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Your senior year of high school is a bit of a rollercoaster. You start out frazzled, frantically finalizing your college applications while trying to keep your grades up. Then, after it’s all over, you slide into senioritis. While this process is perfectly natural, your senior year is a year to prepare for your next steps as well as enjoy your last year as a high school student. 

We talked to the Peterson’s team about what they did–or what they wish they had done–to make their senior year of high school count, and rounded up five ways you can make the most of your senior year.

1. Get excited about college

Once all of your college applications have been sent, you’ve received your acceptance letters, and decided on your school, it’s easy to slip college to the back of your mind after stressing over it so much. However, now is the time to get excited about it! 

“I made it count academically by becoming best friends with the guidance counselor to help prepare with scholarships. This kept me excited and thinking about the future, keeping me from slacking,” said Colt Springer, Junior Account Executive at Peterson’s.

Like Springer, you can look into your scholarship opportunities to keep yourself engaged. You can also look into the classes you may want to take, clubs you will want to get involved in, even ways you will want to decorate your dorm room. Trust us, this is when the process gets fun!

Jason Natzke, Videographer at Peterson’s, during his senior year of high school.

2. Try something new that’s offered at your school

Your senior year is your last chance to take advantage of any activities offered at your school that you’ve always wanted to try, but haven’t gotten around to. Do you want to join a sports team? Try out! Do you want to learn a new language? Take one of your school’s language classes as an elective, or join a language club. 

In the case of David Wilson, DevOps Engineer at Peterson’s, he took it upon himself to try out for the school play, which happened to intermix with his social experimentation.

“I played Jonathan Rockwood in January Thaw. It was my first (and only) play, and it was good, but I didn’t get the girl who I was trying to impress when I signed up for the play,” said Wilson.

3. Don’t let your grades slip

We know senioritis is real and staying motivated in school can be hard in the spring semester of your senior year, but there are a lot of consequences to letting your grades slip. First, if your GPA drops too much, there is the possibility that your college will retract their offer. In less-scary news, slacking on your academics your senior year of high school will make the transition to college a lot harder, as your classes will be even more difficult. Working on good study and organization skills will only help you when you get to college.

“I believe I actually partied too hard my senior year and let my academics slip. I know it wouldn’t have made a difference in my school choice, but I think more extracurricular and academic involvement my senior year in high school would have better set me up for success for my freshman year of college,” said Adam Robertson, Senior UX/UI and Front-End Developer at Peterson’s.

Angela Forhan, Junior Account Executive at Peterson’s, at her senior prom.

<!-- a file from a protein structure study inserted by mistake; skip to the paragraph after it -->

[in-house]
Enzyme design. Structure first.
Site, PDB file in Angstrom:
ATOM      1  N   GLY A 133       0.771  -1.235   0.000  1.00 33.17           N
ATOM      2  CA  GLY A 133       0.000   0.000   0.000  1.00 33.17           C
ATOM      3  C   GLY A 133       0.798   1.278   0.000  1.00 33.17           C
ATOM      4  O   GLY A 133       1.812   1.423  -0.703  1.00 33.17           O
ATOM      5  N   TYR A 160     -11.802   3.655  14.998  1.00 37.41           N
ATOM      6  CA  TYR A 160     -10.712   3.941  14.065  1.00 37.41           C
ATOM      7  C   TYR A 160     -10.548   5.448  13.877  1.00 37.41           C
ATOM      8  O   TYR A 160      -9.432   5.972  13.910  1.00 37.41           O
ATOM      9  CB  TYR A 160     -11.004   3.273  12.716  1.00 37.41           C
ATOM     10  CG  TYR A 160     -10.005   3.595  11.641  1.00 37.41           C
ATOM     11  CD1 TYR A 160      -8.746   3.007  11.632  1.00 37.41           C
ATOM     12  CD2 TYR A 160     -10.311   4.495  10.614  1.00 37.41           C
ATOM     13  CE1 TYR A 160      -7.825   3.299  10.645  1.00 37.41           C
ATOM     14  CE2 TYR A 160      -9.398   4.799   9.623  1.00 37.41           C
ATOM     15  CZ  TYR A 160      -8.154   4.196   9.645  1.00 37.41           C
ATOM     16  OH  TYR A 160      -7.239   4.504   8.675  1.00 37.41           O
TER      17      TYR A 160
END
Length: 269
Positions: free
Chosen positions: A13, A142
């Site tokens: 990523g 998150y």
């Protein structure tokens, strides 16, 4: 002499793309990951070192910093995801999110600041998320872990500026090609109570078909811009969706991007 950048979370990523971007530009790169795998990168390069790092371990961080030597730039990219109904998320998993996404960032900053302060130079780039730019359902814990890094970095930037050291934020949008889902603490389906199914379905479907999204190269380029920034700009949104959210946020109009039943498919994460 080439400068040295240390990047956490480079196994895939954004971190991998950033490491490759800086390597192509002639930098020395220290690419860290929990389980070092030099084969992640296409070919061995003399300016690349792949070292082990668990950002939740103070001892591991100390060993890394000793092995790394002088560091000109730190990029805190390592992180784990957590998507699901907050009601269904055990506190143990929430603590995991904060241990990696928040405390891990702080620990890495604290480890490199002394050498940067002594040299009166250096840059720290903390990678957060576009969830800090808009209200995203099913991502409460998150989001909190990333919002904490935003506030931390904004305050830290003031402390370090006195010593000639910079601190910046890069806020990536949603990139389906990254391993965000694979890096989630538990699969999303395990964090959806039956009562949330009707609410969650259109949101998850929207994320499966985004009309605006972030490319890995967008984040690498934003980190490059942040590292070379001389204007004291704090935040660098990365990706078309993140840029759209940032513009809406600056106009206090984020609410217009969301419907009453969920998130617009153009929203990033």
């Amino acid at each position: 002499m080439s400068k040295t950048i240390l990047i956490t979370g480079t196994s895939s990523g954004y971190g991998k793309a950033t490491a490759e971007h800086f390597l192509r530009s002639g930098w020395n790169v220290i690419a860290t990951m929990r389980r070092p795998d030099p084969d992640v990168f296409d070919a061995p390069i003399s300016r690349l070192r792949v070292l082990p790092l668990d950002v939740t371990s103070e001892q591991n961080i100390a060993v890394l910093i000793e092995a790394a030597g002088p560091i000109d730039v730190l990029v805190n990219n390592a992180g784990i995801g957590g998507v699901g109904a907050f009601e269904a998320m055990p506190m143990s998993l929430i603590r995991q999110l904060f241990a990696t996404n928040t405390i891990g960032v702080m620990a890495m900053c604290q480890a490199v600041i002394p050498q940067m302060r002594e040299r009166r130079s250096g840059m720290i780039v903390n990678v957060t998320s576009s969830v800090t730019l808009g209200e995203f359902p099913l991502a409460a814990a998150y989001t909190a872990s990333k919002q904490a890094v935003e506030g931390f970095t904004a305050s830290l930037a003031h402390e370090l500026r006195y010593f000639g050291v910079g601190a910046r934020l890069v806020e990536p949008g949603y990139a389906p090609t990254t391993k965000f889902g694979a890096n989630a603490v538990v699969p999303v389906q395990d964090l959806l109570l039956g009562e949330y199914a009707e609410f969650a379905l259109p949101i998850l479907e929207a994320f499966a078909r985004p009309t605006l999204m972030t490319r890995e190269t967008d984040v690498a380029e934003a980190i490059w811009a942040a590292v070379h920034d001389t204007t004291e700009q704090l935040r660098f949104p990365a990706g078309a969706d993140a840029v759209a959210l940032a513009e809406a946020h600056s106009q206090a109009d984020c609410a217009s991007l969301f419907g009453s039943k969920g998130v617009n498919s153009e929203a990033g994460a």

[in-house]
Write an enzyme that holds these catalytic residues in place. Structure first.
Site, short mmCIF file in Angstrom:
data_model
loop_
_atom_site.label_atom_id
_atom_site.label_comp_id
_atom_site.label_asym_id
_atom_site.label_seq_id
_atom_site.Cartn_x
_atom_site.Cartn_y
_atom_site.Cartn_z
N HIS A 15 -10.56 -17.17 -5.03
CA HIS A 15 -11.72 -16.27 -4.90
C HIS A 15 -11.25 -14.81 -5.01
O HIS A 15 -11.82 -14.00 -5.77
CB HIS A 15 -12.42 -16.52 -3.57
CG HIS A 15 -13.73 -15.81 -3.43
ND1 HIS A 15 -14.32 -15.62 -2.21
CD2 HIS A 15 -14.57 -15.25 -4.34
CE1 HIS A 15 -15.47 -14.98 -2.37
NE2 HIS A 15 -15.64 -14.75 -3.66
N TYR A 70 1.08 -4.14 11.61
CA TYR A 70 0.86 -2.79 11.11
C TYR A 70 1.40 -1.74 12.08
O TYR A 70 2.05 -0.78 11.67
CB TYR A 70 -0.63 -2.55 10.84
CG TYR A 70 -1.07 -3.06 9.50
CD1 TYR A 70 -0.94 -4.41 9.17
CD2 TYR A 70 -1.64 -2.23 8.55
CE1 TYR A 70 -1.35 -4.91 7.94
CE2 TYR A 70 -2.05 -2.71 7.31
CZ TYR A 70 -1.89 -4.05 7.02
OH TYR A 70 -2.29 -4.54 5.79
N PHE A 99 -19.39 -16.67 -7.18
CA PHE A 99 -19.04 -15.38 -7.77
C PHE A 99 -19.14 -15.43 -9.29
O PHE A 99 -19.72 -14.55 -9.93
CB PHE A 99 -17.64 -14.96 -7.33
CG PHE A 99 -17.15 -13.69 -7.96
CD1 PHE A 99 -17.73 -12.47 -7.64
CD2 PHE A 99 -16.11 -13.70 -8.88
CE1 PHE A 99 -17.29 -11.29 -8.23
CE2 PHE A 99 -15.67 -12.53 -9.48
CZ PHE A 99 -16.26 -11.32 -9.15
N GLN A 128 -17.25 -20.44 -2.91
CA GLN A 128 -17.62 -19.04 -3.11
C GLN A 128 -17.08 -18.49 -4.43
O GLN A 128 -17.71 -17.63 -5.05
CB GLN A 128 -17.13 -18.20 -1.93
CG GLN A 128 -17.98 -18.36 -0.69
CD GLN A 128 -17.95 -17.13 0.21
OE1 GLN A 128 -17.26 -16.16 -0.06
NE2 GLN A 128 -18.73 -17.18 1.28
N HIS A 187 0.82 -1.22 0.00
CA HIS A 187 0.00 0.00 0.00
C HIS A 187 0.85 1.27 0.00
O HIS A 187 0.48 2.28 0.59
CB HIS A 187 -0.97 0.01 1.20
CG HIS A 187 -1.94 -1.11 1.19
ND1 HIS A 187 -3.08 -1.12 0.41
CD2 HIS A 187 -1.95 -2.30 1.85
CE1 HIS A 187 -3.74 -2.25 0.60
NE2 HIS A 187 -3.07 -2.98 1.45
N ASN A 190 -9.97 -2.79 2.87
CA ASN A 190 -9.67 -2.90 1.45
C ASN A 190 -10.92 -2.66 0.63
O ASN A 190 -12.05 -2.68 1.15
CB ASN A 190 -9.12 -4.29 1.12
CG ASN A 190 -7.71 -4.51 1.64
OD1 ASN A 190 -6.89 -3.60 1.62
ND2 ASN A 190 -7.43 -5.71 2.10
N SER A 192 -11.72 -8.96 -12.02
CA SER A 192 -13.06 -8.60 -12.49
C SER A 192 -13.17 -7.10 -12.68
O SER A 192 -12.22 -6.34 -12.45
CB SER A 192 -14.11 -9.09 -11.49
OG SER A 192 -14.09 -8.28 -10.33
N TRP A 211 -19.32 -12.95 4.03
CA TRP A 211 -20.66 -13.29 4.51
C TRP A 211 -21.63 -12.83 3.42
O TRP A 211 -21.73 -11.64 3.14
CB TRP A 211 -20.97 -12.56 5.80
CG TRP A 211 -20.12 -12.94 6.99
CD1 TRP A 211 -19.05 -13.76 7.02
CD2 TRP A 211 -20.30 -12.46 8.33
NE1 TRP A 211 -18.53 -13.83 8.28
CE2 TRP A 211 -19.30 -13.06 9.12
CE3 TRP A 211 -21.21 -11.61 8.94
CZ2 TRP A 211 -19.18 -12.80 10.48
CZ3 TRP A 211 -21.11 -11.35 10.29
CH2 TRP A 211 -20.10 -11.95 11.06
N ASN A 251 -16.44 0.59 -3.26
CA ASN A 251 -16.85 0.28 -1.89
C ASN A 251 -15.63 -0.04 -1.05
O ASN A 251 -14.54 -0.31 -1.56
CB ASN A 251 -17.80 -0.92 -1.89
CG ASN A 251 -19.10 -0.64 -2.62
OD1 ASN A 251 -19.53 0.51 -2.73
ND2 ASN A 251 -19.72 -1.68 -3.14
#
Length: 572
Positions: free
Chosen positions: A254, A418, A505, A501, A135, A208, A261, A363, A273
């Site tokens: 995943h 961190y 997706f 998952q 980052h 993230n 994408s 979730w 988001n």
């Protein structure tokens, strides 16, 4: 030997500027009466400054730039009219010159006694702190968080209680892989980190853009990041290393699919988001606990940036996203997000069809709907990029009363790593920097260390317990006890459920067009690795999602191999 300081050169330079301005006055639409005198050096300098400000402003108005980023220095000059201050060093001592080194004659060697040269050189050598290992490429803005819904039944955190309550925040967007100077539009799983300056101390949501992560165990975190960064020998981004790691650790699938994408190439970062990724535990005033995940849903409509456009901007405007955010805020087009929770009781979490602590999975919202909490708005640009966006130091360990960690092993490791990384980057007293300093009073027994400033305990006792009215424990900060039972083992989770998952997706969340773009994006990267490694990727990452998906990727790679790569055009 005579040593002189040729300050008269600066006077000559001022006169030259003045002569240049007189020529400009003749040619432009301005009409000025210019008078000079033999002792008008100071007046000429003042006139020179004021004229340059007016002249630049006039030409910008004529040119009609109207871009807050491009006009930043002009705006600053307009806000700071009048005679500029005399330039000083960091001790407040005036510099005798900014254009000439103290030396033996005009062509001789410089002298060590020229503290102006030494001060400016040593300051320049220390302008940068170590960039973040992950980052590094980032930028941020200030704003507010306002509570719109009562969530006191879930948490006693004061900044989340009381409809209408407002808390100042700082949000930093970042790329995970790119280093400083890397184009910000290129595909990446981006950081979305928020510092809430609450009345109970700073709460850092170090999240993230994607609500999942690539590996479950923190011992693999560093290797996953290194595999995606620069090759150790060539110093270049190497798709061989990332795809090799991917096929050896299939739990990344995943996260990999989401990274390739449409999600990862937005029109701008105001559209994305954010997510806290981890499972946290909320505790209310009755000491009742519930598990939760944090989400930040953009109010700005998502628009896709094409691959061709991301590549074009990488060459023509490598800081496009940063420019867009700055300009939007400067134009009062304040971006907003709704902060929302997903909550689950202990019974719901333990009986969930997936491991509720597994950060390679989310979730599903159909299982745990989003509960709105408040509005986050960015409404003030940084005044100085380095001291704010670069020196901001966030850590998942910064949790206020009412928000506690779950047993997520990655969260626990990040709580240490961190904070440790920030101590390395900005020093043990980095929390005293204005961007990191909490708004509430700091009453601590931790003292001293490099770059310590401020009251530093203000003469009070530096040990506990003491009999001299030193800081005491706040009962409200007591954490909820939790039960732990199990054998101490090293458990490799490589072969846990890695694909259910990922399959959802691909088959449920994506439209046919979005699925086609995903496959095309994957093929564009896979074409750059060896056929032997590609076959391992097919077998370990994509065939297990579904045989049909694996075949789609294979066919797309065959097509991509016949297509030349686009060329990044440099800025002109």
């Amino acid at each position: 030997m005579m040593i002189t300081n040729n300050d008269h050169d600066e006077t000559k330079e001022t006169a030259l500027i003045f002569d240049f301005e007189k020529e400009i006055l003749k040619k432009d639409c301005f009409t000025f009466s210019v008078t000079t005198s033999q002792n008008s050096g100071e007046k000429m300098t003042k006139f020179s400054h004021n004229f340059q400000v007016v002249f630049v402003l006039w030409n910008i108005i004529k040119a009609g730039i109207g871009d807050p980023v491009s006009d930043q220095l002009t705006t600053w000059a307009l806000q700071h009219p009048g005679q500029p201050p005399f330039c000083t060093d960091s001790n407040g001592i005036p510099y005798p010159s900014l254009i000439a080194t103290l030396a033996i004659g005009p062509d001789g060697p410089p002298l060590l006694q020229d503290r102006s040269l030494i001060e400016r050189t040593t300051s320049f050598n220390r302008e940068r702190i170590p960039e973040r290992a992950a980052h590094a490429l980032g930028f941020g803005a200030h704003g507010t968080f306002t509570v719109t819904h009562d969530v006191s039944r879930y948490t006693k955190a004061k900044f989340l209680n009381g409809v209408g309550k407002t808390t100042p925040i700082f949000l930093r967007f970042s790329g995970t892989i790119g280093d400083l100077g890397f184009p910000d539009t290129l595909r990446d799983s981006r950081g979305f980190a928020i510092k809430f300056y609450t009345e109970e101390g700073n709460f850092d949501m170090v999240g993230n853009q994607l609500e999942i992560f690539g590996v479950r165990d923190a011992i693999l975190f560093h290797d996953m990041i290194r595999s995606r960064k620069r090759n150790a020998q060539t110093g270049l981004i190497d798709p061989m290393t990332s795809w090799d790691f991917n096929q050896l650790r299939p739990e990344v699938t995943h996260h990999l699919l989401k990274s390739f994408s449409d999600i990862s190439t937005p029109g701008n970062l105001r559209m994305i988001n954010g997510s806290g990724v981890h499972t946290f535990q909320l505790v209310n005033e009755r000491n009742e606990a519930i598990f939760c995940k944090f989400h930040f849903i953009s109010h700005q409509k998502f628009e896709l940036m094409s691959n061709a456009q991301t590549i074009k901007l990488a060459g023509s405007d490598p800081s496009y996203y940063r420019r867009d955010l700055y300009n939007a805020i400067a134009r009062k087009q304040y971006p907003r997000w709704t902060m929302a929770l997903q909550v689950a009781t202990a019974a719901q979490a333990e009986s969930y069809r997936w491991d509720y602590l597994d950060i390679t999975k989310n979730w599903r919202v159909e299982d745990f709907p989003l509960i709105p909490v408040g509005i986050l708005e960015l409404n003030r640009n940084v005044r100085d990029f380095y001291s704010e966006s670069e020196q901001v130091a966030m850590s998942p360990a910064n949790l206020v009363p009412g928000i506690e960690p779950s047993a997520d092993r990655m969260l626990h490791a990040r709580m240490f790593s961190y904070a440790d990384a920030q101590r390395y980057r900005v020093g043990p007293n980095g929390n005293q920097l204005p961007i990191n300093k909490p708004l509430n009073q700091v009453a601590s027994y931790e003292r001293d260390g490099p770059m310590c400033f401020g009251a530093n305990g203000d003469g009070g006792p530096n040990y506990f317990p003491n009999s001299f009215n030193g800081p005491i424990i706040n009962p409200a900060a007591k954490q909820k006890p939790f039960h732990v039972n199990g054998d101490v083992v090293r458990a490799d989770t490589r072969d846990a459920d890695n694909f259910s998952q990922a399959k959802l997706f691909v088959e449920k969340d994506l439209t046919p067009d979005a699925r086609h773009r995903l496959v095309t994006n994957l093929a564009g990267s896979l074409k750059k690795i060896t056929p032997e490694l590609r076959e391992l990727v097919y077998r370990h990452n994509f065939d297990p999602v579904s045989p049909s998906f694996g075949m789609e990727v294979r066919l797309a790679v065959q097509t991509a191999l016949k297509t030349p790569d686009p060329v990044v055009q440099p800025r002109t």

4. Enjoy the time with your true friends

Soon, you and your high school friends will all be going your separate ways and won’t be able to see each other on a daily basis. Make the most of this last year and the extra time you have after the application cycle by spending quality time with your friends that you see yourself being close to throughout your adult life. Participate in the senior activities with them, and do your favorite activities and traditions together. 

“Oddly enough, today I’m closer with friends from outside my ‘party circle’ and I feel like I didn’t spend nearly enough time with them my senior year,” said Robertson.

At my high school, a memorable tradition was “senior sunset.” The seniors watched the sun set over the hills together, and then the juniors watched it rise the next morning. This marked our transition and was a fun, memorable, and metaphorical way to spend time together.

Taylor Sienkiewicz, Multimedia Journalist at Peterson’s, at a high school football game.

5. Consider taking a local college course

While taking a local college course may sound ambitious, chances are you have some free time in your schedule as a senior. Often, high school seniors have a “free period” since they have fulfilled enough credits to graduate without taking a full course load their senior year. Why not fill in the gap by taking a class or two at a local college or nearby community college? This way, you can get a headstart on your credits and prepare for the format of a college course. 

“In addition to my regular coursework, I took a class at a local college. Got me ready for college-level work and a few extra credits to start college ahead of the game,” said Matthew Gazda, Research and Publishing Manager at Peterson’s.

Many seniors are also able to graduate a bit early, giving them time to set themselves up for college through classes and work experience.

“I finished high school a semester early and used my last semester to start earning college credits at my local community college and worked to save up money for my first study abroad program,” said Michaela Miller, Junior Software Developer at Peterson’s.

Your senior year will likely be your most memorable year of high school. You will have a final year to spend with friends you may have known since elementary school, a year to prepare for college, and a year to enjoy this closing chapter of your life. Make the most of it!